Social Trust in Polarized Times: How Perceptions of Political Polarization Affect Americans’ Trust in Each Other

Lee, Amber Hye Yon
Political Behavior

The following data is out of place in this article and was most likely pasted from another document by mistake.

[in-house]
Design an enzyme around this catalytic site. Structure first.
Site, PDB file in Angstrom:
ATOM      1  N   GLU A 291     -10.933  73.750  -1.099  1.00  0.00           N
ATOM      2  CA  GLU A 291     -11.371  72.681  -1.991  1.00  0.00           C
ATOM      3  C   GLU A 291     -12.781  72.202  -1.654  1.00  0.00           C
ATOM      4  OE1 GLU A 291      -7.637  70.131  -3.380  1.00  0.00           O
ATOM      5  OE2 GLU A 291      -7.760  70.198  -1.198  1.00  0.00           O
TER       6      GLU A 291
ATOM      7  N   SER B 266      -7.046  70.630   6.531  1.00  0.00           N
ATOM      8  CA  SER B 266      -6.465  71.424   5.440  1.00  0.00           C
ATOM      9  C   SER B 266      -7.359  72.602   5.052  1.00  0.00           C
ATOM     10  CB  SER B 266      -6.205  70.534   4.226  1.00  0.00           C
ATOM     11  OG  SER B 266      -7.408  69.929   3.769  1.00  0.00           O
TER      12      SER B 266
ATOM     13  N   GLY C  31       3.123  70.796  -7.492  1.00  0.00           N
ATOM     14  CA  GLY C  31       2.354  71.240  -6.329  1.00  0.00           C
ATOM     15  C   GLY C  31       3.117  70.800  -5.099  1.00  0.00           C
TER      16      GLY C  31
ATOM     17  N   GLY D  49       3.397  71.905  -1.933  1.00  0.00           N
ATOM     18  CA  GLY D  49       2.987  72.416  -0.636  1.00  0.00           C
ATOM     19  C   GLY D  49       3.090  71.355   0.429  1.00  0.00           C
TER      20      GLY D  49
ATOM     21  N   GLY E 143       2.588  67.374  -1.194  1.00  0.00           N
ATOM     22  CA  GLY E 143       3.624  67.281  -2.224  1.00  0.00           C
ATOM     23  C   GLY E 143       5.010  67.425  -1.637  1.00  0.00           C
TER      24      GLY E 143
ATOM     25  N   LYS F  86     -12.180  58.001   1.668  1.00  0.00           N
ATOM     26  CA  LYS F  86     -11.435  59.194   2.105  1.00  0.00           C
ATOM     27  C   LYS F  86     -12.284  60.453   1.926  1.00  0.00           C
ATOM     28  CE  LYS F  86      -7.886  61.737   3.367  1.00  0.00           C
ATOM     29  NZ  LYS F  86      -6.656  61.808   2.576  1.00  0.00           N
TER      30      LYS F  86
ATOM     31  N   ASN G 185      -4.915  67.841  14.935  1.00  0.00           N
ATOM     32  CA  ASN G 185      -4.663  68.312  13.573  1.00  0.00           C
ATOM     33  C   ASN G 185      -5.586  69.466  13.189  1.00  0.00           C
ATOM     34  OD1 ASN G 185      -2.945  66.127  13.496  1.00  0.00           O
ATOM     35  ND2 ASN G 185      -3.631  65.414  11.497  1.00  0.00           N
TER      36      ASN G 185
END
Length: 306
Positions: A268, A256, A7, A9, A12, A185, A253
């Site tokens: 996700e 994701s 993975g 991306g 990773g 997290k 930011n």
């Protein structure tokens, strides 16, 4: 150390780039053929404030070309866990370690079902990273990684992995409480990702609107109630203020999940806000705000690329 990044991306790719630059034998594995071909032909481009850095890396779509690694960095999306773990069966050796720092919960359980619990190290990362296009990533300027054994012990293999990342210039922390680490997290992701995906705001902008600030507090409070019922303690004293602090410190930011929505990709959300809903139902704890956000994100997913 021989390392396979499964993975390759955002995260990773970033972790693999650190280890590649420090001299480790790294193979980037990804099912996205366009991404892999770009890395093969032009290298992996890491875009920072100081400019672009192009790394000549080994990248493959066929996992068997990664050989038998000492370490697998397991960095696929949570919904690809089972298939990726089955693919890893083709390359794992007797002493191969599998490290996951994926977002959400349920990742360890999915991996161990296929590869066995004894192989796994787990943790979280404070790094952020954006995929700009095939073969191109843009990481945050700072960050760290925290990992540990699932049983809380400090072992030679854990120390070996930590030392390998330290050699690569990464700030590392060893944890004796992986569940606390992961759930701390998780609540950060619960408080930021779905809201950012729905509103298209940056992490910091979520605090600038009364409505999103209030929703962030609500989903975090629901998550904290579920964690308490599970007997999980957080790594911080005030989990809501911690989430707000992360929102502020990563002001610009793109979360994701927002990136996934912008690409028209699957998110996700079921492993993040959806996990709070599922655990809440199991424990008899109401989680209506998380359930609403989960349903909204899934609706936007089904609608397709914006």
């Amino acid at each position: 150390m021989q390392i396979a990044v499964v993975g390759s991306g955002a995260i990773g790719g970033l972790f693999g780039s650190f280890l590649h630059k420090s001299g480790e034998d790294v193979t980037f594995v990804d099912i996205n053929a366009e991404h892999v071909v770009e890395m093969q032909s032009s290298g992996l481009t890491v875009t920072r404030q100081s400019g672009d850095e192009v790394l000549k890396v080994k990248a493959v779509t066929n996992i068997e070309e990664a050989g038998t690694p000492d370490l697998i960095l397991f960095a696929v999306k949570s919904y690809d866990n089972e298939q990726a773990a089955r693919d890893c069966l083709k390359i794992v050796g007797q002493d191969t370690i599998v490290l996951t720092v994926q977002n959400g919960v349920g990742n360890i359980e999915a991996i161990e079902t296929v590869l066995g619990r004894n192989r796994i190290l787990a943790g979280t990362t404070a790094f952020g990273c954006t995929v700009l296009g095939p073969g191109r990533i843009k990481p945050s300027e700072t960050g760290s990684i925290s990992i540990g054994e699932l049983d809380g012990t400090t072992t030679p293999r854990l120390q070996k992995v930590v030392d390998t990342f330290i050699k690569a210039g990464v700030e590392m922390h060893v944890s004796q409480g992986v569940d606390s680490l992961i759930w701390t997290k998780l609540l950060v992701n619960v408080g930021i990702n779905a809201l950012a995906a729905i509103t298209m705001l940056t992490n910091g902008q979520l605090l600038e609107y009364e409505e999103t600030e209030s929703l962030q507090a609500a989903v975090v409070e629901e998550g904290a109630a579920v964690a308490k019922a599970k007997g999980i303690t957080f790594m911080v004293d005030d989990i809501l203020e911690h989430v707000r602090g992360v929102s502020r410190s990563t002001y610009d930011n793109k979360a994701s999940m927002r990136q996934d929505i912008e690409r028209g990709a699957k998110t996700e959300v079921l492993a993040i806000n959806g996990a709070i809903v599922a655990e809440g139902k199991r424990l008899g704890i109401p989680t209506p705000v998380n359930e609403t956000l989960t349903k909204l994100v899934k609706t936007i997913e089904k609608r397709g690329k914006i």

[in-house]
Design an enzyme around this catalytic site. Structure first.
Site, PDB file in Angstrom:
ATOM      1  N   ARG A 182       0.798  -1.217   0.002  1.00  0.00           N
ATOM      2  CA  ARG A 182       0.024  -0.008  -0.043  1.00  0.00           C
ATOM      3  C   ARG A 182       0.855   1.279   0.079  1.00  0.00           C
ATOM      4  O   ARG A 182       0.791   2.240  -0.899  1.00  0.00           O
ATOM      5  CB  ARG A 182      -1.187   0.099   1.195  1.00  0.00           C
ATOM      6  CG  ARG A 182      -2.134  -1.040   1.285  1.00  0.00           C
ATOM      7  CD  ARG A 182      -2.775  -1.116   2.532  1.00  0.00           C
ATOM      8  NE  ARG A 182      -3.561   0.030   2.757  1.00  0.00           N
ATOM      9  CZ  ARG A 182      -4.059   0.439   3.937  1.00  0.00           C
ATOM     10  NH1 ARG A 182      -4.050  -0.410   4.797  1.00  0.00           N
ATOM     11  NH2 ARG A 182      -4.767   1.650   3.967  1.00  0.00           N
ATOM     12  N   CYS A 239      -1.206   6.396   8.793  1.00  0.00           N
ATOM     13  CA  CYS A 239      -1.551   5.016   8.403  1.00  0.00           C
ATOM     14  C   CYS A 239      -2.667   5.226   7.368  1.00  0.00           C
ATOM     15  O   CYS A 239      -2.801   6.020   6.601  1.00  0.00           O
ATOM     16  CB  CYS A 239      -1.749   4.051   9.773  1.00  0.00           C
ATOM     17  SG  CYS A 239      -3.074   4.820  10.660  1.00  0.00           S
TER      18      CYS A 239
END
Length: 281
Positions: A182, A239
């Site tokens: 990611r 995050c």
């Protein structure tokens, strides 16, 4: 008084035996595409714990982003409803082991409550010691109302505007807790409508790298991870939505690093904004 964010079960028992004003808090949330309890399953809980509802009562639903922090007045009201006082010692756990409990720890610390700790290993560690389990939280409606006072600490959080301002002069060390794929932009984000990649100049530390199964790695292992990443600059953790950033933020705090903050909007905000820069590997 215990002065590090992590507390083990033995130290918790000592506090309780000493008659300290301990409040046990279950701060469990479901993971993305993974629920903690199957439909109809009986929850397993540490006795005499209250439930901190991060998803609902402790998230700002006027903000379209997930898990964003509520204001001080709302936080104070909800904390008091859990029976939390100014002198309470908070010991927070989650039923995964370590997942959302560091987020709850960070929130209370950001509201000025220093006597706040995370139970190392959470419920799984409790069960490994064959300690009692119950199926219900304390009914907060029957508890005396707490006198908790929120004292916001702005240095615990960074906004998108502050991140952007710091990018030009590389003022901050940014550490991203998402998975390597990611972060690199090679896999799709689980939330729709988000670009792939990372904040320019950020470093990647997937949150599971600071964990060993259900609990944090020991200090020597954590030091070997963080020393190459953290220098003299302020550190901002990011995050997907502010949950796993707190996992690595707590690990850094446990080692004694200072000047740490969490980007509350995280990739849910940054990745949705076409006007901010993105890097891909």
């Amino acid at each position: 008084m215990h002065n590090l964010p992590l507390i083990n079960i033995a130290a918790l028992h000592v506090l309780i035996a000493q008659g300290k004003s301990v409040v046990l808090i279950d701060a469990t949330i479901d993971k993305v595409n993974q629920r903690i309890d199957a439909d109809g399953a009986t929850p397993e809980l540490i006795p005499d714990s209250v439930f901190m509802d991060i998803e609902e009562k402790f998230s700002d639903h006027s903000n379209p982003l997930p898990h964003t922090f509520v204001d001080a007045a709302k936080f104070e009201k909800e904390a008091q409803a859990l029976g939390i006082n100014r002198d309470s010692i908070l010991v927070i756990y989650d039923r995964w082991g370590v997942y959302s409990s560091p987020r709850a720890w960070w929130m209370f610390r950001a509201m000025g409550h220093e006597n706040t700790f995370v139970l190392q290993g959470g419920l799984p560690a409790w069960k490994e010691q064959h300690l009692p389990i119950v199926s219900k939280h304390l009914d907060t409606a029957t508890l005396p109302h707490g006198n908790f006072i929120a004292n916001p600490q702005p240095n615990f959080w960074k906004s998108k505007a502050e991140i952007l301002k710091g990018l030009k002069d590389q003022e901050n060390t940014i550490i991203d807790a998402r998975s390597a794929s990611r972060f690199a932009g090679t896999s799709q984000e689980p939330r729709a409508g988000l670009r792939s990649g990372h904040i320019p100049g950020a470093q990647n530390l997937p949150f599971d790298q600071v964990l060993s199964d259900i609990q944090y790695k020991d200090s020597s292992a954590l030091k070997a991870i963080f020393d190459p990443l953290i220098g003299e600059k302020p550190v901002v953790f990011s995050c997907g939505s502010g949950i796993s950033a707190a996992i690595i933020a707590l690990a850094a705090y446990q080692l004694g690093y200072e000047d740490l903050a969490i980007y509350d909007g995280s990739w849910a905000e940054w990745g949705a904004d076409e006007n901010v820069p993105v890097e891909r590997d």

Most Americans think that the country is politically divided and polarization will only get worse, not better. Such perceptions of polarization are widespread, but we do not know enough about their effects, especially those unrelated to political variables. This study examines the consequences of perceived polarization for levels of social trust in the United States. Trust in fellow citizens is the backbone of a well-functioning democracy, given its role in promoting social cohesion and facilitating collective action. Using nationally representative panel data, as well as an original survey experiment, I find that perceived polarization directly undermines Americans’ trust in each other. A belief that members of society share common values fosters social trust, but perceptions of partisan divisions and polarization make people less trusting of their fellow citizens. Due to perceived polarization, people are less likely to believe that others can be trusted to do the right thing, which in turn decreases their willingness to cooperate for good causes. I discuss the implications of these findings for society’s ability to work together toward common goals.